Over 70,000 university staff are striking at 150 institutions on 24, 25, and 30 November, after an overwhelming ‘yes’ vote in two historic national ballots for pensions and for pay and conditions.
Staff are angry, and students should be angry too. While staff struggle to make ends meet on precarious contracts, students pay £9,250 per year plus maintenance and incur decades of debt. One in ten students used a food bank before the cost-of-living crisis began. Our struggles are intertwined, and our solidarity with each other is a necessity to end our poverty.
Therefore, I have tried to put together some practical steps that you can take on campuses to aid the necessary work required to win student demands and show solidarity with the University and College Union (UCU). Understanding the conditions at your university or college is required to implement these when and as required as they may not work at your institution and may need some adapting.
The most important aspect of any campus organising is recruiting and retaining students for your cause. This might be easy if you already have a Communist Society on your campus; however, for a lot of students in the YCL today, this is not the case, and Communist Societies should be looking to recruit more members regardless.
Ideally, you should be organising students wherever they are, be it in student halls, departments, libraries, etc. It is all very well and good to invite students to Student Union (SU) meetings, but what could attract them in the first place and make them stay committed if they do not see the point of SU meetings? At best, an SU meeting could get a hundred attendees, whereas student halls house thousands of students, and appealing to them in their homes, which are bound to have problems, makes any campaign more inviting.
But remember to introduce the wider context to these issues to students. Falling into the trap of a single-issue campaign often leads to the movement fizzling out and students getting disheartened. Ensuring that students know that capitalism is to blame and that their issues are entangled with others’ hammers home the need for a broad left movement beyond only student politics.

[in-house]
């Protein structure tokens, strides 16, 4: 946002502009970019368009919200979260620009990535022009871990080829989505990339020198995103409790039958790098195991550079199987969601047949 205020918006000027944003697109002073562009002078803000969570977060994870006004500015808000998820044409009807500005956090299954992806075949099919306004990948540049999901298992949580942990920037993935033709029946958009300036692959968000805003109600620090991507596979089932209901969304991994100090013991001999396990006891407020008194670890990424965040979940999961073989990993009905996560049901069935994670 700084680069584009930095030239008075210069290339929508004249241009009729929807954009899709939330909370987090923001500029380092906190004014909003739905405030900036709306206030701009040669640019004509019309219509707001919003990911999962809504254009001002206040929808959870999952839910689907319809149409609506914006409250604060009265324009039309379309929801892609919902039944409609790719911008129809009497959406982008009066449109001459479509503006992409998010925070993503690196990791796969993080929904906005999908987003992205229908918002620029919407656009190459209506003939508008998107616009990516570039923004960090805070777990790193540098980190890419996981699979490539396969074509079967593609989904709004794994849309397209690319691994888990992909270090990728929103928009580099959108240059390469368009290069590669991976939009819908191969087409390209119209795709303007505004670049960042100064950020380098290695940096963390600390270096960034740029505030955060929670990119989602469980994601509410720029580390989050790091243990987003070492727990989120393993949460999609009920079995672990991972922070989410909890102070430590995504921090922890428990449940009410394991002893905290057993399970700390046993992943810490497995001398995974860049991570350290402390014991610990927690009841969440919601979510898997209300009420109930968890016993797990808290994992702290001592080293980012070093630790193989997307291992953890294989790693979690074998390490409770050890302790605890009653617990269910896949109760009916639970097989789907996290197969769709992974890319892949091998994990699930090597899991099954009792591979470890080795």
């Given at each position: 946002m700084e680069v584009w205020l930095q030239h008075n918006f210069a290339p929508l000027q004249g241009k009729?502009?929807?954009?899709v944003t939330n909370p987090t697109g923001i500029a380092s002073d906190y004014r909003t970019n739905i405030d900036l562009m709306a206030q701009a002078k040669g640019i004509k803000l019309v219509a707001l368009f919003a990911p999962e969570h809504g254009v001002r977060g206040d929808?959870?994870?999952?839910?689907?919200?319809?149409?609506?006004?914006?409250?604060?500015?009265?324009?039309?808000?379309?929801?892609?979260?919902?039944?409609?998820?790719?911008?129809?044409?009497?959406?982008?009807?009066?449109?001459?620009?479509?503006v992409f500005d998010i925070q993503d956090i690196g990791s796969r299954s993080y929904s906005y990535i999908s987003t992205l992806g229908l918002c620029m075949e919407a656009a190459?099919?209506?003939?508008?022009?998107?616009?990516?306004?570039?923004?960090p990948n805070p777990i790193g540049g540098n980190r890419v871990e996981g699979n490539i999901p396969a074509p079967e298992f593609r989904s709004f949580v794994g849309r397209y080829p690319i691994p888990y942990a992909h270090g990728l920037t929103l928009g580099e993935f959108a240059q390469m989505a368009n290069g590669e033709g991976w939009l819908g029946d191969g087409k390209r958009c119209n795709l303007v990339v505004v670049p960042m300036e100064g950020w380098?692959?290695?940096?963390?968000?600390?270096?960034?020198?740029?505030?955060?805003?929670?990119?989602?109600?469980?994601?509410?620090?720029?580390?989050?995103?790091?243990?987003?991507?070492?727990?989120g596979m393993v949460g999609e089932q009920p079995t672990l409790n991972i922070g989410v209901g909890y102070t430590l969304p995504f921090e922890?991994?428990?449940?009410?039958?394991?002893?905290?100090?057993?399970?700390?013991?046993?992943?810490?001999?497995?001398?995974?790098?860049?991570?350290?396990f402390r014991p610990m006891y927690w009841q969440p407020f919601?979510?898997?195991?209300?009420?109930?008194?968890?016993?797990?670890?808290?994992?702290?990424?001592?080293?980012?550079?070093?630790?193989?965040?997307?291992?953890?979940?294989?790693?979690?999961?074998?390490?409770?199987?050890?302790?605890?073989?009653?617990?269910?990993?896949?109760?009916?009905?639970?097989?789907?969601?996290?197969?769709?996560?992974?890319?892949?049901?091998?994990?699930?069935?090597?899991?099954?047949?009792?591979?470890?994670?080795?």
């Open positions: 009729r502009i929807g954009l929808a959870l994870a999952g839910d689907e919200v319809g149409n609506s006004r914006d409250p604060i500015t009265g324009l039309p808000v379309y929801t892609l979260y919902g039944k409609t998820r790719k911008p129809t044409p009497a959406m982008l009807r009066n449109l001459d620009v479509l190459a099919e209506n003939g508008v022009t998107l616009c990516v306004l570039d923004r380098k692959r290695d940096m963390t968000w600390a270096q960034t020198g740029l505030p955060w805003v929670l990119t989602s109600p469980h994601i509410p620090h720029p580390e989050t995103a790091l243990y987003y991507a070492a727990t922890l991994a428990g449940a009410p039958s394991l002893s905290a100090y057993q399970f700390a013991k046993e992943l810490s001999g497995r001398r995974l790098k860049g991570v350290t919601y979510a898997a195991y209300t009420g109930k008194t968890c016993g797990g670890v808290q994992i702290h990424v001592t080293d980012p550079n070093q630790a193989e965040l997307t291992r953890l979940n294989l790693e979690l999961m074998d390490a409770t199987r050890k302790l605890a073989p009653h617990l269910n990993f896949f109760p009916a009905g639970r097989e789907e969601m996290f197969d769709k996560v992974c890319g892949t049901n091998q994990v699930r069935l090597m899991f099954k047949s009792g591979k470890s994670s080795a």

Also, check that students are on board with your campaign, and if they are not, have discussions about how to improve. It is not your job to deny them agency.
In a similar sense, allow critical thinking to flourish in these discussions. Every movement needs to learn from its mistakes to carry on building momentum and the people involved are the ones who know the mistakes best. However, be mindful of criticisms that are not constructive and are meant to attack rather than facilitate progress.
Like any meeting, make certain that there is an agenda and a chair to guide the conversation. You do not want a minority of people dominating the conversation and going on a tangent, especially when planning actions that deserve careful thought.
Think about how you are going to pass down information to first year students. The longevity of the movement, and the continuation of the development of tactics, hinge on first year students being “trained up” to progress the movement rather than starting it all over again. This could be done through mentorship, shadowing, and a combination of other means, so long as knowledge gets passed down.
For public meetings, publicity is important to boost attendance. Leaflets, posters, and social media posts made well in advance with regular reminders are good practice, but additionally, personal contact is just as important, if not more, to bring people along. This can be as simple as inviting friends and flatmates, or inviting other campus groups.
A popular tool for student campaigns and supporting UCU strikes is occupation. However, simply showing up on the day is not enough. Lots of planning is required to assure a successful occupation.